Saturday, 22 March 2014


After being completely absorbed in Wes Anderson's best film yet last week (when the credits rolled the packed audience stayed silent in their seats for a couple of minutes, it was like we were all decompressing after the journey.  It was that good), I'm looking forward to what March (and I guess the beginning of April) has to offer.  Well, we have Scarlett Johansson as an extremely dangerous alien prowling the streets of Glasgow, Scarlett Johansson as an ass-kicking expert Russian spy, and THE VERONICA MARS MOVIE.  It's gonna be a great four weeks, guys.

This must be one of the only films in the past few years to have a trailer that makes me feel like I know less about the movie than I did before watching it.  And that's a good thing.  When the film premiered at the Telluride festival the Twitter feeds of film critics were ablaze with superlatives.  It seems to be a film you experience rather than watch, with several people describing wobbly legs and dry mouths after screenings.  So, take water and a friend to lean on?  I'm a big fan of Johansson, can't wait to see her get all strange and ethereal.

Speaking of films you experience, I really like the work of Terry Gilliam.  I love it when people create worlds for their audiences to disappear into, which is what Gilliam has done with Brazil, 12 Monkeys and now  TZT, the conclusion of his dystopian trilogy.  For me cinema is all about being able to escape into another life, and I'm always impressed when I'm confronted by a world that is very far from the one we live in.  Gilliam is a master of escape.  And what's more, this time he's working with the eternally excellent Christoph Waltz, and I order you to Google pictures of Matt Damon in this film immediately.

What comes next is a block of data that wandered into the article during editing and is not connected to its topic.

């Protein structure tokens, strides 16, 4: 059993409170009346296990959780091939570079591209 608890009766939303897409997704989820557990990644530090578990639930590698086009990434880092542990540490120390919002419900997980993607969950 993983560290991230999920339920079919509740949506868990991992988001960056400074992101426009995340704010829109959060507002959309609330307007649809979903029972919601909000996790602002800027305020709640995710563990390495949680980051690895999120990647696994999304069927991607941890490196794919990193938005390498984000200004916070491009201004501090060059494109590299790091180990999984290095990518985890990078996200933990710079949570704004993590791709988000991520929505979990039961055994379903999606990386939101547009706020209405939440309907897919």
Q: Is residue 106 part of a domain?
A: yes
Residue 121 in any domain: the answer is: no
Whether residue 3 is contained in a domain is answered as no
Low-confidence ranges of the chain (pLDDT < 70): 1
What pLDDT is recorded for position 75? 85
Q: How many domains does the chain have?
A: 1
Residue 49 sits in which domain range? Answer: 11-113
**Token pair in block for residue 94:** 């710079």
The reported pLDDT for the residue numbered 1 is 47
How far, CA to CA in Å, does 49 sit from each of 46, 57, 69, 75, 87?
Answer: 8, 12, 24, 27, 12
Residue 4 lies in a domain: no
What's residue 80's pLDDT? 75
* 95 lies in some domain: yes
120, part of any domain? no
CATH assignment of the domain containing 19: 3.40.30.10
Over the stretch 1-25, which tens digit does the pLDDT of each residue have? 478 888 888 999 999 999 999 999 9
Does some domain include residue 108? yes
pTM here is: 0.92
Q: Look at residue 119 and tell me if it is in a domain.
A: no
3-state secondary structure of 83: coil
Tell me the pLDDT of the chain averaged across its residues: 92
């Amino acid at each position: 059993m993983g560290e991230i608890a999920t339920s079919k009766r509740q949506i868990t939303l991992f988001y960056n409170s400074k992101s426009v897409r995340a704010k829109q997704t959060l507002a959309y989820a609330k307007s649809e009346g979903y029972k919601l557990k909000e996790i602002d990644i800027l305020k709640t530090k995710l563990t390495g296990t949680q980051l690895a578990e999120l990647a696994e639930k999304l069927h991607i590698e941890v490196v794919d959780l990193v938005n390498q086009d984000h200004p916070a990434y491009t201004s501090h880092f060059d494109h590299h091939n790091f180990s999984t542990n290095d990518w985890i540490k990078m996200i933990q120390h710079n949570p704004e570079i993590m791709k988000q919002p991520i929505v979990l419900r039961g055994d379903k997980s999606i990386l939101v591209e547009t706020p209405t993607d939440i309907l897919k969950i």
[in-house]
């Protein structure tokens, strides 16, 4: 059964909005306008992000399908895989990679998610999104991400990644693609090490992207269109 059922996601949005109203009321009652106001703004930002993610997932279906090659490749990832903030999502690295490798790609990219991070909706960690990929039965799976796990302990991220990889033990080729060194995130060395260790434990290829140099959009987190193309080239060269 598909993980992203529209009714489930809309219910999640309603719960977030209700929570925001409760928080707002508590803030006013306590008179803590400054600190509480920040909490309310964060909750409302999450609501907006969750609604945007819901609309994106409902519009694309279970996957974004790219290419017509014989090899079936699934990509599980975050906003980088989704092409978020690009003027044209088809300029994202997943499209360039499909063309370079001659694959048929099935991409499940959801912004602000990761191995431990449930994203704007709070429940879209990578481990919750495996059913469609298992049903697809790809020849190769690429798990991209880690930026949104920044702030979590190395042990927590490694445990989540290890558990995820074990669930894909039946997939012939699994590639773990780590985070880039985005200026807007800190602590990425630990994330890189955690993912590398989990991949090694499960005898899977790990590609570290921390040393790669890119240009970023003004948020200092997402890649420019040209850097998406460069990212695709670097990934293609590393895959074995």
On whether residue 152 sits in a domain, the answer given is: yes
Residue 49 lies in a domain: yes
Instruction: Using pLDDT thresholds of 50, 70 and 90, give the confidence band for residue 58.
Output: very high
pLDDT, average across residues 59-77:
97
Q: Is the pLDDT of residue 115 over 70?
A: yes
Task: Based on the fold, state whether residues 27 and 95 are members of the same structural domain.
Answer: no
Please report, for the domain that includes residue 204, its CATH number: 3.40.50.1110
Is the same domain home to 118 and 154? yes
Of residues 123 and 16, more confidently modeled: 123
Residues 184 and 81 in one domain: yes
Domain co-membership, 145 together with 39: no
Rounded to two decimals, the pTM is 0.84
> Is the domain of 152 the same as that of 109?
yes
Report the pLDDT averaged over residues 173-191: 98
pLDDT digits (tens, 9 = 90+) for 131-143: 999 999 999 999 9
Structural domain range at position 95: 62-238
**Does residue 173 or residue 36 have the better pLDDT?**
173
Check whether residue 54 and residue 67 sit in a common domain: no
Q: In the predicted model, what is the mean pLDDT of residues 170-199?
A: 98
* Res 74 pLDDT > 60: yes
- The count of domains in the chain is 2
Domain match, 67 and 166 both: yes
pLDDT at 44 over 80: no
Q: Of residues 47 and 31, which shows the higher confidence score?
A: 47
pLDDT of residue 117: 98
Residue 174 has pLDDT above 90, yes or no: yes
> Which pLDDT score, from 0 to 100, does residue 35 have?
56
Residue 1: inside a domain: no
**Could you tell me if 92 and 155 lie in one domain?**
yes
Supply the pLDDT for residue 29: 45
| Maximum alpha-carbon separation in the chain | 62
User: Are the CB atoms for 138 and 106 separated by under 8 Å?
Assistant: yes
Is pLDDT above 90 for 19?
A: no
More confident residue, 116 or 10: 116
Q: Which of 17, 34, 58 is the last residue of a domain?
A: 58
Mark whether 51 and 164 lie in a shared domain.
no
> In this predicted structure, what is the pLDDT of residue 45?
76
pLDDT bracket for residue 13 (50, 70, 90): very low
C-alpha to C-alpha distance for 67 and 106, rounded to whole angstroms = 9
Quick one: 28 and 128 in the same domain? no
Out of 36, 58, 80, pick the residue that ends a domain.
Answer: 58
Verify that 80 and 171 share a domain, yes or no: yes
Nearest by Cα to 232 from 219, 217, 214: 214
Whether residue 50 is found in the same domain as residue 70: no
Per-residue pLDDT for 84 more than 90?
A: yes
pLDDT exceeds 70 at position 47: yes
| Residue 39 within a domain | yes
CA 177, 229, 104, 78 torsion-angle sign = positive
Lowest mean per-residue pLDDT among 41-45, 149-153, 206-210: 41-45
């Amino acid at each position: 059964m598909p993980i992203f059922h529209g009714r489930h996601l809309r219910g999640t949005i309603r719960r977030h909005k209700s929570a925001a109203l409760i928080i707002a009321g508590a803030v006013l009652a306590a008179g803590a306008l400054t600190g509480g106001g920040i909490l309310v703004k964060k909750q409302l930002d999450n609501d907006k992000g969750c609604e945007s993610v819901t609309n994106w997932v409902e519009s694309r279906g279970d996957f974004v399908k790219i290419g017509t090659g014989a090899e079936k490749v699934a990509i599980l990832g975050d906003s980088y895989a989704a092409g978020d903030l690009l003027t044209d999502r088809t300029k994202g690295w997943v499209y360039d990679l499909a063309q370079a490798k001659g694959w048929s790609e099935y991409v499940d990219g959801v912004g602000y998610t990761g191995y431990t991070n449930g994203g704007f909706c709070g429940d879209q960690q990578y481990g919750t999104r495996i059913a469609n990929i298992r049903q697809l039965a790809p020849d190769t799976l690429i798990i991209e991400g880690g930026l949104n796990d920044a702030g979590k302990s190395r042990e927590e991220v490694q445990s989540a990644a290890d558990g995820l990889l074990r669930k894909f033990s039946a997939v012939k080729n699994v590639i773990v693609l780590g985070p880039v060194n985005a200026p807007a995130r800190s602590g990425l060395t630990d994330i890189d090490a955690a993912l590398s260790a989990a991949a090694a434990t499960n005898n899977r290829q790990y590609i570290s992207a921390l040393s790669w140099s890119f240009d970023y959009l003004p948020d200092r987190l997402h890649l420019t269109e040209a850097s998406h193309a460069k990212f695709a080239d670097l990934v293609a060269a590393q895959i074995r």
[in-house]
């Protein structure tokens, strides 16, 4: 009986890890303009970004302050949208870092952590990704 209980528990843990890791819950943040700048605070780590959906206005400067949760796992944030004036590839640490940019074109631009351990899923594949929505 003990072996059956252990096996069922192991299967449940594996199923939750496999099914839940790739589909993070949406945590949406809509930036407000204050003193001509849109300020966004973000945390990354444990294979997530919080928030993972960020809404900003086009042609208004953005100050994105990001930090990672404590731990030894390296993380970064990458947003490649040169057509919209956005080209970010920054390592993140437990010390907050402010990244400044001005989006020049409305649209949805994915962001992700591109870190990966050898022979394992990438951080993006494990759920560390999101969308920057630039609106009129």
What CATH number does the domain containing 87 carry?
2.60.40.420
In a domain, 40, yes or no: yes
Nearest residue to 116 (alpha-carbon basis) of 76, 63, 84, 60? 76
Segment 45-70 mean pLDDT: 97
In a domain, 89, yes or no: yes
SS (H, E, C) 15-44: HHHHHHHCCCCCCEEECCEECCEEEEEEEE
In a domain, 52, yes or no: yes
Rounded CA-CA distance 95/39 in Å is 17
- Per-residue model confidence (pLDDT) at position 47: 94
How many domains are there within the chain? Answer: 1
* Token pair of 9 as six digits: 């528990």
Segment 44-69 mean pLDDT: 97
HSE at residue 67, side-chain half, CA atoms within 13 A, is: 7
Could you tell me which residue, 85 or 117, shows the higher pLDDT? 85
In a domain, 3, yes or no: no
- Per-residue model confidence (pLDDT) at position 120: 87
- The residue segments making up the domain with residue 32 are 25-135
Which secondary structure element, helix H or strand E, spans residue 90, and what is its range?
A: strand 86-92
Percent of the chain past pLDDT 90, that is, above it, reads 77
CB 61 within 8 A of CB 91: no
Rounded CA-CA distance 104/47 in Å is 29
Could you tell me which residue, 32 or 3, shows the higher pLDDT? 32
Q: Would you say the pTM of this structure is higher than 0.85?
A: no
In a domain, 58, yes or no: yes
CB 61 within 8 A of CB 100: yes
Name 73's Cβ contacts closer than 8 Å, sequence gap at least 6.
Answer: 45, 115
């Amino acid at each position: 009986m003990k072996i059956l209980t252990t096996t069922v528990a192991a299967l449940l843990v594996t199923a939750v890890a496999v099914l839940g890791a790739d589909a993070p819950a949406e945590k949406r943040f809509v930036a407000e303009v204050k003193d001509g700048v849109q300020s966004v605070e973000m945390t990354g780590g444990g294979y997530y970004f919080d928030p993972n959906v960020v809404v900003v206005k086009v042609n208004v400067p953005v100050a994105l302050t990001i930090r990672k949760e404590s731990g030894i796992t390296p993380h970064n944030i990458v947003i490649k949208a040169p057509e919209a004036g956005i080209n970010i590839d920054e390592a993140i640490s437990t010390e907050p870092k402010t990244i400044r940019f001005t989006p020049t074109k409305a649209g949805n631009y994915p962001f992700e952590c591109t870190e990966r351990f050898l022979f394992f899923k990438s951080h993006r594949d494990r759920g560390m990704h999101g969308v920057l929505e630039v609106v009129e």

In other news - I find it hard to spell "theorem" correctly.

OK, first off, I really want Black Widow to have her own origin film.  Why hasn't that happened yet?  If anyone reads this who knows Marvel Studios/Disney, please can you tell them I think it's a good idea.  Thanks.  Secondly, I love a big fat blockbuster, it's just another glorious form of escape (I feel like there's a theme emerging here), and Chris Evans did a great job in his previous two appearances as Captain America. For those of you who haven't seen the first film, or The Avengers, Evans plays Steve "Normcore" Rogers, a man who used to be slight and not fit to fight, who then became (won't say how as I don't want to spoil it) an American faux-hero (as in he was a symbol of strength but didn't actually do any fighting), until he finally got the chance to prove himself as a badass and legend.  He's a character that has existed in American pop culture since 1941 and I like that the writers didn't shy away from that - there's a great moment in The Avengers when Phil Coulson approaches Captain America with some vintage trading cards asking for them to be signed.  It's directed by the Russo brothers who have won an Emmy for their work on Arrested Development so maybe there will be some *gestures to Black Widow* "Her?!" moments.

Hold my hands up, I'm not a big Veronica Mars fan, which isn't to say I don't like it, more that I've not had the chance to watch enough of it.  When it came out in the UK I was at uni and my TV didn't really work, and most weekends I was probably, like, asleep and being a student and eating pot noodles and stuff.  'Cos that's what students do, right?  God I didn't even have access to the internet anywhere other than the library HOW DID I COPE?  Oh, speaking of the internet, this movie was funded by the people who live there (that, my friends, is what we call a segue).  I'm a bit biased when it comes to Kickstarter as it's how the documentary Beyond Clueless we've soundtracked was funded, but I know some people have doubts when it comes to crowd sourcing.  I'm just going to leave this piece about Zach Braff's Kickstarter film by Charlie Lyne here and move on...But yeah, the funding of the Veronica Mars movie seems to have been Kickstarter at its best, fans having direct contact with the makers and stars of a show they loved, a mutual affection culminating in a glorious creative project.  They needed 2 million and they got 5, and that's just awesome (they're even refunding the people who couldn't watch the film on the download format, technology eh?).  ANYWAY, the reviews look good for this, and I'm hoping it will inspire my next boxset binge.

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